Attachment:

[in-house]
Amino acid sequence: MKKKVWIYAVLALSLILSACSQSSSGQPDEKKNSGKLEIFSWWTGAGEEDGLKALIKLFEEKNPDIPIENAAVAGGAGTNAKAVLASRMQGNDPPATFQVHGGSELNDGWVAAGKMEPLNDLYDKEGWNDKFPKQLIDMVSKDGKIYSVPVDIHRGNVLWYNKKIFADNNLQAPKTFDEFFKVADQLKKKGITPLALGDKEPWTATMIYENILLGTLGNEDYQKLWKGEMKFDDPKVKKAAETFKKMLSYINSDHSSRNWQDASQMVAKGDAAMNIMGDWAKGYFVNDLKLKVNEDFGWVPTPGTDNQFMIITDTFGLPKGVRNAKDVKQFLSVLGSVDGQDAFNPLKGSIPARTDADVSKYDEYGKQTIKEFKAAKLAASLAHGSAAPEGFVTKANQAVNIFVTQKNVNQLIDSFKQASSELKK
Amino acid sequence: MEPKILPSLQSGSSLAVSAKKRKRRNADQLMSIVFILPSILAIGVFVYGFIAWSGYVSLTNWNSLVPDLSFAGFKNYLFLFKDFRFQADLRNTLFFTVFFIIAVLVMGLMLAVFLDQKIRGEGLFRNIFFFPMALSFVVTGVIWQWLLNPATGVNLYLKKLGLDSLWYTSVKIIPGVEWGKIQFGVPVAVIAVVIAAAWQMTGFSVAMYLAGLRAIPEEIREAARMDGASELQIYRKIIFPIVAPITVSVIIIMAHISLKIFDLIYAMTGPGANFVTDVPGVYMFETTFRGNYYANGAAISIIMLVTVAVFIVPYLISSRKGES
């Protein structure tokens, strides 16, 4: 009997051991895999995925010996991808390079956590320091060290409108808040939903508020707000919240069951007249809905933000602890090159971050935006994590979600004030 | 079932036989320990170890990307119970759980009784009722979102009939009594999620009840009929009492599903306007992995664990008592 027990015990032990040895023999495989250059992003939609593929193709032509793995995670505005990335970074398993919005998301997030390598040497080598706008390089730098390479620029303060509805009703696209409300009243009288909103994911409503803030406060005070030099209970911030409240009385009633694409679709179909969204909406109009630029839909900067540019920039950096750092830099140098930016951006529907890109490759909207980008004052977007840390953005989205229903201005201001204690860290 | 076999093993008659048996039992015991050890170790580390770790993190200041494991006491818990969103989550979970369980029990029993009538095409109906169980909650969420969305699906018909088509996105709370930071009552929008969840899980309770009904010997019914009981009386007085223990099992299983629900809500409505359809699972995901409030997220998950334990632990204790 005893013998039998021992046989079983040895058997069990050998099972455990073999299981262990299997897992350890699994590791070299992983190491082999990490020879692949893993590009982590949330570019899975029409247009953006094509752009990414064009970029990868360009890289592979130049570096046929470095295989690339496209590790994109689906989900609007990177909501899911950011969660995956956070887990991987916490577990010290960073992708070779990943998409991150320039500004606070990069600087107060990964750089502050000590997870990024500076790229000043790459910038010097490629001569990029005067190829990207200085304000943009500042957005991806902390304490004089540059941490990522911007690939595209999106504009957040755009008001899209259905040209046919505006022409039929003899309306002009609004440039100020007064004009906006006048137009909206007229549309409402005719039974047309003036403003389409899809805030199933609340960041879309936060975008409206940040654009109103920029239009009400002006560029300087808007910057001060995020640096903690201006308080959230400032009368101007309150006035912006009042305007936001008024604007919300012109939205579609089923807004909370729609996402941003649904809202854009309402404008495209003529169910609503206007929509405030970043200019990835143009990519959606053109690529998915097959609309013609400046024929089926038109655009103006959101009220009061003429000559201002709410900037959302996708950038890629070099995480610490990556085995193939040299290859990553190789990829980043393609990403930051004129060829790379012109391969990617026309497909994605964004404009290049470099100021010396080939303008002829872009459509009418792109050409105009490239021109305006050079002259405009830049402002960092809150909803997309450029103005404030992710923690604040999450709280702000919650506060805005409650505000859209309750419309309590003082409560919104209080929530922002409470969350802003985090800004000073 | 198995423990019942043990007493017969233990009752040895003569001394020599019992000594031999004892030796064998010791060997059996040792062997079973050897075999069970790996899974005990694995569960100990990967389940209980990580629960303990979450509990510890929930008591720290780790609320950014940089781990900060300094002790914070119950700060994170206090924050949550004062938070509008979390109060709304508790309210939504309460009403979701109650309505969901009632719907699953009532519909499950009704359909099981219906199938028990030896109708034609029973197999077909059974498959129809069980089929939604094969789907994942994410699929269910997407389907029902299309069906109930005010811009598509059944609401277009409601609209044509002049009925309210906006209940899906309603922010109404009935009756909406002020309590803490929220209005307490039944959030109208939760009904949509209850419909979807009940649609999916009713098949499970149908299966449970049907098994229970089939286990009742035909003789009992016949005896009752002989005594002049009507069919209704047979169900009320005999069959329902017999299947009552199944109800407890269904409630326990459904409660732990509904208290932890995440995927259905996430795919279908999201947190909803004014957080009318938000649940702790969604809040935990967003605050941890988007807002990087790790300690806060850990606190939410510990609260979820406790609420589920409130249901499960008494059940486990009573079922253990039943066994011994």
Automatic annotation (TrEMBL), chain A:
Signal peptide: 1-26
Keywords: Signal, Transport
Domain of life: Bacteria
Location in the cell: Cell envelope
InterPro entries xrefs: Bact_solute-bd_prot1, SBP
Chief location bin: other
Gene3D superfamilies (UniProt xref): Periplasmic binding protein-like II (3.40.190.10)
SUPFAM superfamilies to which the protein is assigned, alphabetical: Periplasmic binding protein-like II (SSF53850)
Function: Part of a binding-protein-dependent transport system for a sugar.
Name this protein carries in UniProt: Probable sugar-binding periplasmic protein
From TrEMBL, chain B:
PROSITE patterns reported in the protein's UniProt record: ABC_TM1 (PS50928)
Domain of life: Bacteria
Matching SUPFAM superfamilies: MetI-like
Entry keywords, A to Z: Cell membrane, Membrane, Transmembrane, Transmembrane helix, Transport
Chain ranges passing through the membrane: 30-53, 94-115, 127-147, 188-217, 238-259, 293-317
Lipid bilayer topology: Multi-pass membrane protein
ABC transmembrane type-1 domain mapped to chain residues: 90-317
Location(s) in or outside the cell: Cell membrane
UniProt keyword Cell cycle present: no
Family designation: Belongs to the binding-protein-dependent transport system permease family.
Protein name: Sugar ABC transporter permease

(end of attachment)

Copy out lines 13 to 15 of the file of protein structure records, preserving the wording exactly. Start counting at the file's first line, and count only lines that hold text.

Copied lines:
SUPFAM superfamilies to which the protein is assigned, alphabetical: Periplasmic binding protein-like II (SSF53850)
Function: Part of a binding-protein-dependent transport system for a sugar.
Name this protein carries in UniProt: Probable sugar-binding periplasmic protein